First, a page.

Top Ten Tips for a Successful Hackathon

Here’s Info-Tech’s Top 10 Tips for a successful hackathon.

  1. Get building faster, by using vendors and mentors. Vendors and their mentors offer a great opportunity for learning new skills, getting new perspectives, and sometimes even offering new tools (such as APIs) that can help you get your project up and running quickly. Info-Tech’s team of mentors includes Business Analysts, Design and UX experts, and experienced Developers that live and breathe product development day in and day out.
  2. Make something valuable by creating something YOU would want. Every reputable source on Innovation says that fully understanding your target user, their problems, and their use cases is essential to building a successful problem. One easy way to make this happen is to build a product for someone like you. Otherwise, recruit a few relevant target users to have available to bounce ideas off of to ensure the problem you are solving is compelling and valuable.
  3. Start from “The Compelling Pitch” to focus efforts on impactful work. A common pitfall of any hackathon is to assume the product will “speak for itself”. It won’t. When drawing up plans think through how the creativity, technical difficulty, polish, and usefulness of the project will be communicated, as this will determine the judges’ final score. Building out a fully featured product with elegant code is important in the real world, but in this short timeframe, it’s more important to be able to elegantly communicate the user experience, the primary design components, and most importantly the business value of the product. If you decide to continue building post-event, you can add all the bells and whistles later.
  4. Create a simple, valuable, working product by reigning in scope. Complexity is your enemy. When determining all the desired features of the product, organize them into product releases. What is the minimal viable product that you can build into a working product? Start with that. There’s nothing worse than having a fully functioning design that does nothing. In a typical organization, there are 3 things you can control on a project: Time, Resources and Scope. Unfortunately, you don’t have that luxury, so be aggressive in keeping the features to a maintainable number.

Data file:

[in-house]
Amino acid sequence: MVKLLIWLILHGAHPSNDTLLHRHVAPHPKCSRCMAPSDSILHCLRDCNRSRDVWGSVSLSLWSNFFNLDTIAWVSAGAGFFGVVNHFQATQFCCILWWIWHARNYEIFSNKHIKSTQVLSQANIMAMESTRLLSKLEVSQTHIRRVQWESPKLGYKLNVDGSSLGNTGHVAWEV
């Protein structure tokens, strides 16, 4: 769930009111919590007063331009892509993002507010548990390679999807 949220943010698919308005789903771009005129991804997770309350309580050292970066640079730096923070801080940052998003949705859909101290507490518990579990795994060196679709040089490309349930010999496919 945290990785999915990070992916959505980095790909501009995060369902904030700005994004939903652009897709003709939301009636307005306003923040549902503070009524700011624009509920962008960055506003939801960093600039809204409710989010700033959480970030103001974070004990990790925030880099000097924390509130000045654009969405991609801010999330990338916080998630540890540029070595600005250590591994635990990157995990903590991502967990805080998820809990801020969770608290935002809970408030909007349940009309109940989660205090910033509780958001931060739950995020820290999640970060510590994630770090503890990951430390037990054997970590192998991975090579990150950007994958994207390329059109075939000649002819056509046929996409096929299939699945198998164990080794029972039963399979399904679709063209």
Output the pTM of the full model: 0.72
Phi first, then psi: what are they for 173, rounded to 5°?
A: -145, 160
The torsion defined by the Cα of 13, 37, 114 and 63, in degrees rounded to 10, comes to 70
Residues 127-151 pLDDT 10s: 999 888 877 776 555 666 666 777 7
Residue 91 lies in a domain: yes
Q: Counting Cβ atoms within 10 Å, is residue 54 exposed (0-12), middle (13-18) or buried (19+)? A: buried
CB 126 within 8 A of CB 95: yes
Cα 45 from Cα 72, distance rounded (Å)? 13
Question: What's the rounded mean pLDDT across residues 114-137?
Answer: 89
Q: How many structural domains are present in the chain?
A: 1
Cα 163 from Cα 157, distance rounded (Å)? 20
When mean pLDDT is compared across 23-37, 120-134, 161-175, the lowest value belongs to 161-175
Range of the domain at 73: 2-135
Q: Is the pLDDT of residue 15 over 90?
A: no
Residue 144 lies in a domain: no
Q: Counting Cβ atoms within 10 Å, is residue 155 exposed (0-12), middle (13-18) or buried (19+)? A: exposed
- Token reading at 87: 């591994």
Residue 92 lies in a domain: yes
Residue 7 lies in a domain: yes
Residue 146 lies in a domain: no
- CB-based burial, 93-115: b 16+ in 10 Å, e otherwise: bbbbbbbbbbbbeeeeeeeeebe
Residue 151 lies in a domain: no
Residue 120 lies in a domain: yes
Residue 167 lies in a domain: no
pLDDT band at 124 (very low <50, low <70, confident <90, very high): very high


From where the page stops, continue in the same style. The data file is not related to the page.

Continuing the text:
5. Eliminate last minute failure by getting to production fast and iterating. Get your production environment up and running early. Code always runs differently on a local machine than it does in production. In addition, knowing that your have a working demo will keep stress levels down as deadline approaches. In the perfect world, the last few hours would be spent polishing design and ironing out bugs. But let’s be real, there’s always the temptation to do a little more in the way of features at the end, and this just isn’t possible if you haven’t yet promoted your code. Use a versioning tool, like GitHub, and deploy and smoke test regularly.
  6. Convincingly communicate your coolness, by practicing the perfect pitch and eliminating dependencies. Arguably the most important element of the project, this often gets left to the last minute. By thinking of this up front, you can start thinking about what should go in your pitch. When your main product components are completed start putting together your messaging, and practice your demo. Be careful not to rely on wifi, as there may be many people demoing at once.
  7. Here is a list of things to consider in your pitch:
    • The hook: Share a story or scenario in which the user of your product experienced some kind of pain or desired something better.
    • The basics: Who are the target users? What is the goal of the product? What is the broader pain point you are solving? Don’t assume everyone understands the problem you are trying to solve, as there are many teams and judges may not be experts in your area.
    • The walkthrough: How does it work? What are main features? What are the standout features? Why is it better than comparable products? Are there any cool, sophisticated or elegant components to your design or architecture?
    • The tagline: What do you want to leave them with? Why would they want to share or talk about your product to a colleague or the broader public? Don’t feel the need to go beyond your key message, as this will water it down.
  8. Get the most value out of the event by getting your priorities straight. Six months from how, what will you have gained from this event. Hackathons are about having fun, meeting new people, learning new things, and getting new ideas.
  9. Don’t over commit.  We want you to be able to accomplish what is reasonable in your dedicated time.

What will be more valuable when the event is over? New skills learned, new connections, or a fun new toy. The new toy will be fun for a while, but that skill or that connection may change your life.

Happy Hacking!